Northern Ireland is set to become the first part of the UK to make paying for sex a criminal offence.
The Human Trafficking and Sexual Services Bill, which includes a clause criminalising payment for sex, has been passed by the Stormont Assembly.
DUP peer Lord Morrow brought forward the Private Member's Bill and it passed its final stage yesterday.
It will now be submitted to the Queen for Royal Assent before becoming law.
The ban will see Northern Ireland implement a prohibition similar to the model in Sweden.
The law change has been hailed by Christian groups but denounced by prostitutes' representatives. Opponents of the clause have argued that it would be difficult to enforce and claimed a ban on paying for sex would push vulnerable sex workers further underground.
Lord Morrow said it was a "momentous day".
"Northern Ireland is now at the forefront of efforts to combat human trafficking and I am very grateful to all those MLAs who ensured there was cross-party support for the Bill," he said.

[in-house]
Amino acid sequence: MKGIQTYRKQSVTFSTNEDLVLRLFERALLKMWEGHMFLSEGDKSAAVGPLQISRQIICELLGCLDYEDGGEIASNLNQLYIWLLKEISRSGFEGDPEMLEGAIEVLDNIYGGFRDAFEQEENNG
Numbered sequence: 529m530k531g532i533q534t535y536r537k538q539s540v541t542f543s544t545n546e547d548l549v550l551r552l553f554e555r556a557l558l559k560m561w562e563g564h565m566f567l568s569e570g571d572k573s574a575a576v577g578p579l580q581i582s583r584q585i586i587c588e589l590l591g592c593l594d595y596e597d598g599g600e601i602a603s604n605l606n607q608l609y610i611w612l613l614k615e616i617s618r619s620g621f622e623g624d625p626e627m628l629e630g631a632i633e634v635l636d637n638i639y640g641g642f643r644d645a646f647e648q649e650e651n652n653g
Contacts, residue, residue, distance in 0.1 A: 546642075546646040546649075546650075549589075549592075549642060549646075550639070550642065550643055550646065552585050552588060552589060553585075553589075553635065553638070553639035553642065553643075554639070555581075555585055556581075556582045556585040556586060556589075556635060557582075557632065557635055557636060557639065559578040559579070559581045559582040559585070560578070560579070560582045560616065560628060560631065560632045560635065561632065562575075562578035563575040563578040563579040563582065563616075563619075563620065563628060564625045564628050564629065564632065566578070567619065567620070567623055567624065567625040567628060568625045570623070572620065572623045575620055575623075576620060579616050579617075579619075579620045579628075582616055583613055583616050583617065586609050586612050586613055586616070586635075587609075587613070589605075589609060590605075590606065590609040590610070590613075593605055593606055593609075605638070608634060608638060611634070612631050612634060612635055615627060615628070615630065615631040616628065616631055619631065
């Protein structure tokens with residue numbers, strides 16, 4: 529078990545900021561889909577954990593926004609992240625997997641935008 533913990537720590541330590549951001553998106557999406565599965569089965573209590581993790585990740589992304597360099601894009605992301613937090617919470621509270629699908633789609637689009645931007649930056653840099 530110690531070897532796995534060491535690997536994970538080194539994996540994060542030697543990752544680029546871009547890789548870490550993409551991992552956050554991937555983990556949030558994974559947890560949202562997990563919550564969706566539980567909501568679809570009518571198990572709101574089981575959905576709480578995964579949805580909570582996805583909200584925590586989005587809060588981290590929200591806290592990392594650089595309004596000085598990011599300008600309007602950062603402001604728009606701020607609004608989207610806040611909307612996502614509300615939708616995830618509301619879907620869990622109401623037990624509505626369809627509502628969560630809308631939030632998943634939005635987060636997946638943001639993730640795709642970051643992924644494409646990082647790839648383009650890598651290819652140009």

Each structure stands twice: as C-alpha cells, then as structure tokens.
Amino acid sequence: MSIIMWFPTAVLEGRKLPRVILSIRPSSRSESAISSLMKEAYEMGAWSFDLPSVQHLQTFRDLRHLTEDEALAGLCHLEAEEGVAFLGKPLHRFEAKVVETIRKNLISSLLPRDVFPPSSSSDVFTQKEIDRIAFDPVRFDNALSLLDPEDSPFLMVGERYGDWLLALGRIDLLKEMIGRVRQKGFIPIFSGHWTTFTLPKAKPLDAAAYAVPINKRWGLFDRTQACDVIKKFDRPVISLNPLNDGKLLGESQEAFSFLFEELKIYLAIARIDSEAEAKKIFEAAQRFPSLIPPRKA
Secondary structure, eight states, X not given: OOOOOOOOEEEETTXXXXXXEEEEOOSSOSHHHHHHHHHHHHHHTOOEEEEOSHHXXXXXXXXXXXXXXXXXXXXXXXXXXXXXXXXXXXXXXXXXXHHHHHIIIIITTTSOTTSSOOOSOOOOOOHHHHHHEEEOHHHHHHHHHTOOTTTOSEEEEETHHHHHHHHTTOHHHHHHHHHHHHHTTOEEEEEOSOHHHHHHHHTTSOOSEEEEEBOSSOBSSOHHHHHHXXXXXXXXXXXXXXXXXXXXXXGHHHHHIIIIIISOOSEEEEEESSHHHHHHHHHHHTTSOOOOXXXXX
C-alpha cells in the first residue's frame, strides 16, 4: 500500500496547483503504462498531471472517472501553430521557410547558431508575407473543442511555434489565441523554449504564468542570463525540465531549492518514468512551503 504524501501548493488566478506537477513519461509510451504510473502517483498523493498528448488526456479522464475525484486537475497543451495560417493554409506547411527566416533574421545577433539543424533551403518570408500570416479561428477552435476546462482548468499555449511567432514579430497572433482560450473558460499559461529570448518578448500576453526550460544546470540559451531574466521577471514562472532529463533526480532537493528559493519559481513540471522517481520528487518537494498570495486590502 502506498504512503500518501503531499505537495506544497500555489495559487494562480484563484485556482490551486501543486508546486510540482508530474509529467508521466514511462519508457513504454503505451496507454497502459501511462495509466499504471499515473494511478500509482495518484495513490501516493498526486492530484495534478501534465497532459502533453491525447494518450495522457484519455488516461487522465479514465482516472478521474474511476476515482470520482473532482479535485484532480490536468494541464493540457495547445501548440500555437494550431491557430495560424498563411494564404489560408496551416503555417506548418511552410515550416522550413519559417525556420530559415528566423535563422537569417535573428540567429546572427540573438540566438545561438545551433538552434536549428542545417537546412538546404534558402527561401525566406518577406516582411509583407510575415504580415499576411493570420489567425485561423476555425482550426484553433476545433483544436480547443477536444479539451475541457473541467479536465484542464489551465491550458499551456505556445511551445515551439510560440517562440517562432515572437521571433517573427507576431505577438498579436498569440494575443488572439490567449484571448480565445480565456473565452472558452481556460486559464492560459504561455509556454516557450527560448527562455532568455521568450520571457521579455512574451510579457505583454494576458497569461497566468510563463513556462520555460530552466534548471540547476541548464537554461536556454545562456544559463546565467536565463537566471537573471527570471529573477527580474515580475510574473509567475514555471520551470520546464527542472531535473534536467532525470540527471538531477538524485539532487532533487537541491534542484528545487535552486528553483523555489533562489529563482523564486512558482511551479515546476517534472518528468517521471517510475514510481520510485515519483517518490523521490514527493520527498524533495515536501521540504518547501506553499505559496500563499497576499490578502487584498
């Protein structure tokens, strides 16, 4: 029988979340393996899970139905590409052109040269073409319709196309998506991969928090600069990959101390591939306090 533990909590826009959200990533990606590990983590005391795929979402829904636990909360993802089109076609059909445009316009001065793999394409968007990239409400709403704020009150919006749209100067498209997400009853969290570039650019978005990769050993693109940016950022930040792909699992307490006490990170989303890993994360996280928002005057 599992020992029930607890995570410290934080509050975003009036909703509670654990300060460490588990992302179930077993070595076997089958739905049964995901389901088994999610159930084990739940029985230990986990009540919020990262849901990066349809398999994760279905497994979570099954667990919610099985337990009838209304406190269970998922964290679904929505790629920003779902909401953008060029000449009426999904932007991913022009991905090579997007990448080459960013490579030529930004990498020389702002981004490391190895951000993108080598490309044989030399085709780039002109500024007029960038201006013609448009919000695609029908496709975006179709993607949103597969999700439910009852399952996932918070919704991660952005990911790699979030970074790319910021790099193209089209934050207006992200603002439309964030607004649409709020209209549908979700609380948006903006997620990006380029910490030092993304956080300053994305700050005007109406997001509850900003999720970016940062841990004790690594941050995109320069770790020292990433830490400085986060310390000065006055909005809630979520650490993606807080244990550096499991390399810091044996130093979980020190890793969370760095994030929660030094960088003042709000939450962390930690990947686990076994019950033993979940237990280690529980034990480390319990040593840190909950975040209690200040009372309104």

"To those who were still to be convinced, I hope that time and robust implementation of the legislation will help change their minds."
Lord Morrow told the Assembly his Christian faith had underpinned his decision to bring forward the wide-ranging legislation.
He said human trafficking was "a heinous crime" that had to be tackled in Northern Ireland.
The peer acknowledged that clause 15 of the new legislation, which criminalises those who pay for sexual services, was "clearly the most divisive aspect of my bill".
Alliance justice spokesman Stewart Dickson said later: "It is a source of deep regret for me and my party, however, that the Assembly has proceeded with the inclusion of Clause 15 on the criminalisation of payment for sexual services.
"We believe that this complex issue should have been dealt with in a separate piece of legislation."
His party leader, Justice Minister David Ford, described the bill as "ground-breaking", but said he still had misgivings about the prostitution clause. Mr Ford said it had "diverted the focus away from some of the other important measures and into the moral issues surrounding the purchase of sex."
The proposal to outlaw purchasing sex was among a number of clauses aimed at amending Northern Ireland's laws on trafficking and prostitution. Paid-for consensual sex is currently legal in Northern Ireland although activities such as kerb crawling, brothel keeping and pimping are against the law.